Effects of habitat history and extinction selectivity on species-richness patterns of an island land snail fauna

Satoshi Chiba, Isamu Okochi, Takashi Ohbayashi, Daichi Miura, Hideaki Mori, Kazuki Kimura, Shinichiro Wada

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21 Citations (Scopus)


Aim Local-scale diversity patterns are not necessarily regulated by contemporary processes, but may be the result of historical events such as habitat changes and selective extinctions that occurred in the past. We test this hypothesis by examining species-richness patterns of the land snail fauna on an oceanic island where forest was once destroyed but subsequently recovered. Location Hahajima Island of the Ogasawara Islands in the western Pacific. Methods Species richness of land snails was examined in 217 0.25 × 0.25 km squares during 1990-91 and 2005-07. Associations of species richness with elevation, current habitat quality (proportion of habitat composed of indigenous trees and uncultivated areas), number of alien snail species, and proportion of forest loss before 1945 in each area were examined using a randomization test and simultaneous autoregressive (SAR) models. Extinctions in each area and on the entire island were detected by comparing 2005-07 records with 1990-91 records and previously published records from surveys in 1987-91 and 1901-07. The association of species extinction with snail ecotype and the above environmental factors was examined using a spatial generalized linear mixed model (GLMM). Results The level of habitat loss before 1945 explained the greatest proportion of variation in the geographical patterns of species richness. Current species richness was positively correlated with elevation in the arboreal species, whereas it was negatively correlated with elevation in the ground-dwelling species. However, no or a positive correlation was found between elevation and richness of the ground-dwelling species in 1987-91. The change of the association with elevation in the ground-dwelling species was caused by greater recent extinction at higher elevation, possibly as a result of predation by malacophagous flatworms. In contrast, very minor extinction levels have occurred in arboreal species since 1987-91, and their original patterns have remained unaltered, mainly because flatworms do not climb trees. Main conclusions The species-richness patterns of the land snails on Hahajima Island are mosaics shaped by extinction resulting from habitat loss more than 60 years ago, recent selective extinction, and original faunal patterns. The effects of habitat destruction have remained long after habitat recovery. Different factors have operated during different periods and at different time-scales. These findings suggest that historical processes should be taken into account when considering local-scale diversity patterns.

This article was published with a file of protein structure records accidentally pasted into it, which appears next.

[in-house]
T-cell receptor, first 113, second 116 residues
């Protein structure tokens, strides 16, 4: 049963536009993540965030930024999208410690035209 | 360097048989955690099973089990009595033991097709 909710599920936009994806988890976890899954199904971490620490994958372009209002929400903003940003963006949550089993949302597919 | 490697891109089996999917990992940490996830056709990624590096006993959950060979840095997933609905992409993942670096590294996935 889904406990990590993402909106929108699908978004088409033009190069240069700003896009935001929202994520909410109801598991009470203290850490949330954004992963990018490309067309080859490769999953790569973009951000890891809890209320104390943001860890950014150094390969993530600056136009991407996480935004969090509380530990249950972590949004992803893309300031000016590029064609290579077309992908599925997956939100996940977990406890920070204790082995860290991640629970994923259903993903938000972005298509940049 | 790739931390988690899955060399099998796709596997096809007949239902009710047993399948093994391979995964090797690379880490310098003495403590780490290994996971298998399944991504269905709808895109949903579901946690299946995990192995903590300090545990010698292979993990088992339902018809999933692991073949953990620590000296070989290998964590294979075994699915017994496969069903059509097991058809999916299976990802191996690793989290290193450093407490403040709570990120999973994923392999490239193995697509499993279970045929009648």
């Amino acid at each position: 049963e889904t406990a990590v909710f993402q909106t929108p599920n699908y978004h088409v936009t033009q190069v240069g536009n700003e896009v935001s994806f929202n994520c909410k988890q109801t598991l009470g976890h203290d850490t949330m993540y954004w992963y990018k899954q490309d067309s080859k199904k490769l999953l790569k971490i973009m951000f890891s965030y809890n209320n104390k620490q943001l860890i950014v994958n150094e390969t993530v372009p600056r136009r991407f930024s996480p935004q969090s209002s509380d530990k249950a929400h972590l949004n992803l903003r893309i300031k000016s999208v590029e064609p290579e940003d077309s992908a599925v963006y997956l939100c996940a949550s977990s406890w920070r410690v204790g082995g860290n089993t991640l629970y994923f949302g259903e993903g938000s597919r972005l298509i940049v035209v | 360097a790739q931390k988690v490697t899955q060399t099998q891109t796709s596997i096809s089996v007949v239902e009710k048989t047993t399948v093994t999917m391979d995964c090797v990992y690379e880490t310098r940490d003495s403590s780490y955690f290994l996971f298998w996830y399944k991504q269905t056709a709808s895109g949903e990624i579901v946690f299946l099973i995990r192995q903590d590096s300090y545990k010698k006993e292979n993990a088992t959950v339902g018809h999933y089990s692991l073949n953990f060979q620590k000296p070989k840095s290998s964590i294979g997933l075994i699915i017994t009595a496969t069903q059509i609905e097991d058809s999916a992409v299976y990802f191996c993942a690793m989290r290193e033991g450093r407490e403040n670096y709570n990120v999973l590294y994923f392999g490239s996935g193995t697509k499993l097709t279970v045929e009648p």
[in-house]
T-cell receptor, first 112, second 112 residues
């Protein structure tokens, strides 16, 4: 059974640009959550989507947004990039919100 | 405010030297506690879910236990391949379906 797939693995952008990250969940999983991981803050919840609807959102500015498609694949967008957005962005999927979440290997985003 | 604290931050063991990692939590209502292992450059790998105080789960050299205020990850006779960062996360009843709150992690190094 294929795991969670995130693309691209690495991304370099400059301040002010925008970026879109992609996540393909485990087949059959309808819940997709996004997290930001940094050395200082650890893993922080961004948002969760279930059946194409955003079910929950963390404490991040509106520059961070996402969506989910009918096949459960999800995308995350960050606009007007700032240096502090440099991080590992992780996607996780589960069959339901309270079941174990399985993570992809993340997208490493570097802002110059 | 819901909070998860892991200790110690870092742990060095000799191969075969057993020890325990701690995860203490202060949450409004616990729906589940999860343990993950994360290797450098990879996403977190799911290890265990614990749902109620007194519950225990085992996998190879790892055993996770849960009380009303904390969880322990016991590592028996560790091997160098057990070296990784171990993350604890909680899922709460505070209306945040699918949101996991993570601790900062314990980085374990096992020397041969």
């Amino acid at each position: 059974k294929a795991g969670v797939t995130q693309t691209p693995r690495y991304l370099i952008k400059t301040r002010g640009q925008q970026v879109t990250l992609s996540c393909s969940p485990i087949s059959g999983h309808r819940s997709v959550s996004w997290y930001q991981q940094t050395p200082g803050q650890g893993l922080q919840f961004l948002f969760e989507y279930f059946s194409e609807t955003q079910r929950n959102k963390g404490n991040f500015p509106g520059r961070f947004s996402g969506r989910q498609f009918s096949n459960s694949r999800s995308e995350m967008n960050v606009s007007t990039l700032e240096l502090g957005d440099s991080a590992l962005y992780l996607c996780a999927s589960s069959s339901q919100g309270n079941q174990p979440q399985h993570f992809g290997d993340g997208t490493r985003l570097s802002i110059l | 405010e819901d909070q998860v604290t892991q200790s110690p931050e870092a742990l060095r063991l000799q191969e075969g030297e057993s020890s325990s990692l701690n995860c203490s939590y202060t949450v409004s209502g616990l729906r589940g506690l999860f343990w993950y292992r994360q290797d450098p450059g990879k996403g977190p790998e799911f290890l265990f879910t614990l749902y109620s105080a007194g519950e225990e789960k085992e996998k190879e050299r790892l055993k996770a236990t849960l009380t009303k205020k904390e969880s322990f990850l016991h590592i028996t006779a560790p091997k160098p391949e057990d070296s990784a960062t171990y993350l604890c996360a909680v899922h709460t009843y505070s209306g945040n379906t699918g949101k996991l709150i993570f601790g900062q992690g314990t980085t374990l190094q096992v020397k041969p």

Original languageEnglish
Pages (from-to)1913-1922
Number of pages10
JournalJournal of Biogeography
Issue number10
Publication statusPublished - 2009 Oct 1


  • Diversity
  • Elevational gradients
  • Extinction
  • Habitat loss
  • Habitat recovery
  • Hahajima Island
  • Predation
  • Snails

ASJC Scopus subject areas

  • Ecology, Evolution, Behavior and Systematics
  • Ecology


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